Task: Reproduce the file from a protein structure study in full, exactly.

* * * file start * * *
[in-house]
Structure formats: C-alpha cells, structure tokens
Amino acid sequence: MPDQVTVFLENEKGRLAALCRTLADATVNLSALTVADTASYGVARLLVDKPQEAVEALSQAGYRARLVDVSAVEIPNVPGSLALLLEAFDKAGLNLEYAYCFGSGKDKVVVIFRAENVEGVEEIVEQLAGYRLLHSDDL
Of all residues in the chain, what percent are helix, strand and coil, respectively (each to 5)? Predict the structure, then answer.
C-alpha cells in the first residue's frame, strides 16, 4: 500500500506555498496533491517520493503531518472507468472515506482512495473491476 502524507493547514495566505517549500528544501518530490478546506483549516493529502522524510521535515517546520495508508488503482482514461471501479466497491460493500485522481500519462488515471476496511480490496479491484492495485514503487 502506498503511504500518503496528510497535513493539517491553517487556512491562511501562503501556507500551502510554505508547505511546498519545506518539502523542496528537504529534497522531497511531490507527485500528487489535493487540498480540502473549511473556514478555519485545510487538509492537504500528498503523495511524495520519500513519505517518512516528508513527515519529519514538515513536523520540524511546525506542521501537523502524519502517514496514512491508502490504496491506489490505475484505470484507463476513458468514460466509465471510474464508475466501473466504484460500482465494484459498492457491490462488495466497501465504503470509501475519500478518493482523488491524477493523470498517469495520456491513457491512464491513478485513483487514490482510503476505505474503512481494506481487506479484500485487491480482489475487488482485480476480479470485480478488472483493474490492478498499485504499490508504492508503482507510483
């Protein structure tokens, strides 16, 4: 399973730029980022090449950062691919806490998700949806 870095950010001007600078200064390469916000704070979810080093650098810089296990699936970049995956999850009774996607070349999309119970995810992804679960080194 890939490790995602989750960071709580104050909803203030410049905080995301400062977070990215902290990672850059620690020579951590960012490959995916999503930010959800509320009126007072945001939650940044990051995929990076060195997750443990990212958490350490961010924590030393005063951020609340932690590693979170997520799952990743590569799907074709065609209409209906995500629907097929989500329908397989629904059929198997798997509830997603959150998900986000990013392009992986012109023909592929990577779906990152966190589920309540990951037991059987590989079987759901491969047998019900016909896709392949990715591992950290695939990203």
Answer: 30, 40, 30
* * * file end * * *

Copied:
[in-house]
Structure formats: C-alpha cells, structure tokens
Amino acid sequence: MPDQVTVFLENEKGRLAALCRTLADATVNLSALTVADTASYGVARLLVDKPQEAVEALSQAGYRARLVDVSAVEIPNVPGSLALLLEAFDKAGLNLEYAYCFGSGKDKVVVIFRAENVEGVEEIVEQLAGYRLLHSDDL
Of all residues in the chain, what percent are helix, strand and coil, respectively (each to 5)? Predict the structure, then answer.
C-alpha cells in the first residue's frame, strides 16, 4: 500500500506555498496533491517520493503531518472507468472515506482512495473491476 502524507493547514495566505517549500528544501518530490478546506483549516493529502522524510521535515517546520495508508488503482482514461471501479466497491460493500485522481500519462488515471476496511480490496479491484492495485514503487 502506498503511504500518503496528510497535513493539517491553517487556512491562511501562503501556507500551502510554505508547505511546498519545506518539502523542496528537504529534497522531497511531490507527485500528487489535493487540498480540502473549511473556514478555519485545510487538509492537504500528498503523495511524495520519500513519505517518512516528508513527515519529519514538515513536523520540524511546525506542521501537523502524519502517514496514512491508502490504496491506489490505475484505470484507463476513458468514460466509465471510474464508475466501473466504484460500482465494484459498492457491490462488495466497501465504503470509501475519500478518493482523488491524477493523470498517469495520456491513457491512464491513478485513483487514490482510503476505505474503512481494506481487506479484500485487491480482489475487488482485480476480479470485480478488472483493474490492478498499485504499490508504492508503482507510483
């Protein structure tokens, strides 16, 4: 399973730029980022090449950062691919806490998700949806 870095950010001007600078200064390469916000704070979810080093650098810089296990699936970049995956999850009774996607070349999309119970995810992804679960080194 890939490790995602989750960071709580104050909803203030410049905080995301400062977070990215902290990672850059620690020579951590960012490959995916999503930010959800509320009126007072945001939650940044990051995929990076060195997750443990990212958490350490961010924590030393005063951020609340932690590693979170997520799952990743590569799907074709065609209409209906995500629907097929989500329908397989629904059929198997798997509830997603959150998900986000990013392009992986012109023909592929990577779906990152966190589920309540990951037991059987590989079987759901491969047998019900016909896709392949990715591992950290695939990203």
Answer: 30, 40, 30